Bio: Dr. Evgeniy Gabrilovich is a senior staff research scientist at Google, where he works on knowledge discovery from the web. Prior to joining Google in 2012, he was a director of research and head of the natural language processing and information retrieval group at Yahoo! Research. Evgeniy is an ACM Distinguished Scientist (2012), and is a recipient of the 2010 Karen Sparck Jones Award for his contributions to natural language processing and information retrieval. He served as an area chair or senior program committee member at numerous major conferences, including SIGIR, WWW, WSDM, AAAI, IJCAI, ACL, EMNLP, CIKM, ICDM and ICWSM. He has organized a number of workshops and taught multiple tutorials at SIGIR, ACL, WWW, WSDM, ICML, IJCAI, AAAI, CIKM and EC. Evgeniy earned his PhD in computer science from the Technion - Israel Institute of Technology.

Devavrat Shah: Collaborative Decision Making

The process of making decisions amongst stake holders with potentially different views and limited information is omnipresent – examples include democratic policy making, business operations and even decision of dining venue amongst friends. Efficient automation of collaborative decision making requires developing (a) useful human-interface to seek information, (b) statistical model to capture human uncertainty, and (c) efficient inference algorithm. We have develop such a framework in the context of two scenarios: micro-task crowd sourcing and rank aggregation. We shall discuss the associated statistical models, algorithms and their information optimality. This is based on joint works with Ammar Ammar, David Karger, Sahand Negahban and Sewoong Oh.

Arpita Ghosh: Incentive design for crowdsourcing: A game-theoretic approach. [slides]

The Web is increasingly centered around the collective effort of the crowds, with contributions ranging from user-generated content and social media to Citizen Science projects and crowd-based peer-grading and peer-learning in online education. But every crowdsourcing based system relies on users actually participating and making high-quality contributions to function effectively. How can we design systems so that self-interested users —  with their own costs and benefits to participation —  are properly incentivized to participate and contribute with high effort?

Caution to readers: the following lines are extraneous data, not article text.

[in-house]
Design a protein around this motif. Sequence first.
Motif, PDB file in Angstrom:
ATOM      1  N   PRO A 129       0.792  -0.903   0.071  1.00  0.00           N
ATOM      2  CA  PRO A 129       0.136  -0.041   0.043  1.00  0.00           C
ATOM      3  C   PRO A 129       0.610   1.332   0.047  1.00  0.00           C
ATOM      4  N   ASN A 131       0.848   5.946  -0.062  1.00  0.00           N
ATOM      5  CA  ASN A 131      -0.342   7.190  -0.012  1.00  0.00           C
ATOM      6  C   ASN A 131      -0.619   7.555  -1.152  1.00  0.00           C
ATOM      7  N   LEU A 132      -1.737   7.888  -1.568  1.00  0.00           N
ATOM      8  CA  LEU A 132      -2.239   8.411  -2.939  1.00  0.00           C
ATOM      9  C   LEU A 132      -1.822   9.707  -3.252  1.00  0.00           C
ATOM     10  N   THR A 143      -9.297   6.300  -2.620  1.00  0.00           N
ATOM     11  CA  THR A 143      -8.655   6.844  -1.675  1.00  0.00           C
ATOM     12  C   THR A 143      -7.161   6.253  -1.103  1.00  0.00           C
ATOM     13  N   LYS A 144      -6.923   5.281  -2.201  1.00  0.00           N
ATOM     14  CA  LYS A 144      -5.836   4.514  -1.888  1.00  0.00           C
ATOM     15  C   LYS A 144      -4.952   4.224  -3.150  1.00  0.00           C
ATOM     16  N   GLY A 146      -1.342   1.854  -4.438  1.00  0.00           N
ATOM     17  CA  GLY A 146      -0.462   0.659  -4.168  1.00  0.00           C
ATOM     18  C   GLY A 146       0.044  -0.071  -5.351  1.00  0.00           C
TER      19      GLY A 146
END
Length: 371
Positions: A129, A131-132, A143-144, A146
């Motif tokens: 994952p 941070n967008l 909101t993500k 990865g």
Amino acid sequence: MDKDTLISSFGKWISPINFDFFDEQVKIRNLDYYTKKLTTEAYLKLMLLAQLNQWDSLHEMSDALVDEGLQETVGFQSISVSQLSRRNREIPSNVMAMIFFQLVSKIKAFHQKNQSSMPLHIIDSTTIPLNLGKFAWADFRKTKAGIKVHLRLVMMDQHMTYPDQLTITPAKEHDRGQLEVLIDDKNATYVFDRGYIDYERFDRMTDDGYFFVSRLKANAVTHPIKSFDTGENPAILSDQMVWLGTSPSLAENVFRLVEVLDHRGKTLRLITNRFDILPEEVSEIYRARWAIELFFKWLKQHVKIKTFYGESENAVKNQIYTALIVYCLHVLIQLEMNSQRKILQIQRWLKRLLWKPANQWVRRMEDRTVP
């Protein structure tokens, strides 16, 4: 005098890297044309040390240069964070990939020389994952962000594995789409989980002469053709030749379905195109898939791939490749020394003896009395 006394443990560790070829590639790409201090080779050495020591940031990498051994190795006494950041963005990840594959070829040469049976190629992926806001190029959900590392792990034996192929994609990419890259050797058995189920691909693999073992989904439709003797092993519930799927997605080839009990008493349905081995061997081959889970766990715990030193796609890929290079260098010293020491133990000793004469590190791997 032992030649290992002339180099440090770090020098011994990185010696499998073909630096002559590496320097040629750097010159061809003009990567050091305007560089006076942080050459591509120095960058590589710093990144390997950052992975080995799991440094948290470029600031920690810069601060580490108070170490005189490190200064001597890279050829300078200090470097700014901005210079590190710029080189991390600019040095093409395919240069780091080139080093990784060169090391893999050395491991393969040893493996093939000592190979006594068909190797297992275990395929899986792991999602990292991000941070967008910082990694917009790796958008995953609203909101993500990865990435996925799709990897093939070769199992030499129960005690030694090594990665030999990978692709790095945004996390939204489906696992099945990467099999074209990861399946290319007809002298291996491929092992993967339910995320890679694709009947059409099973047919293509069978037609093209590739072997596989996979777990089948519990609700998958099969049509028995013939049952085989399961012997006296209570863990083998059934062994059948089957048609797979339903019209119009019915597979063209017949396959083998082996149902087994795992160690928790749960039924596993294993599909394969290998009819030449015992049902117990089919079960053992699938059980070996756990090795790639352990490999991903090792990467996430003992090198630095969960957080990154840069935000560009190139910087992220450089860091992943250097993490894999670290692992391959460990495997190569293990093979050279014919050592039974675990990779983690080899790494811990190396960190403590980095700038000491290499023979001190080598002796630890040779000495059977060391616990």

We discuss a game-theoretic framework for incentive design in crowdsourcing, where potential contributors are modeled as self-interested agents who strategically choose whether or not to participate, and how much effort to expend, in response to the incentives offered by the system. We illustrate the game-theoretic approach via the problem of learning the qualities of online content from viewer feedback: here, a learning algorithm needs to not only quickly identify the best contributions, but also simultaneously create incentives for attention-motivated users to make high-quality contributions, leading to a multi-armed bandit problem where the number and success probabilities of the arms of the bandit are endogenously determined in response to the learning algorithm.

Dengyong Zhou: Algorithmic Crowdsourcing. [slides]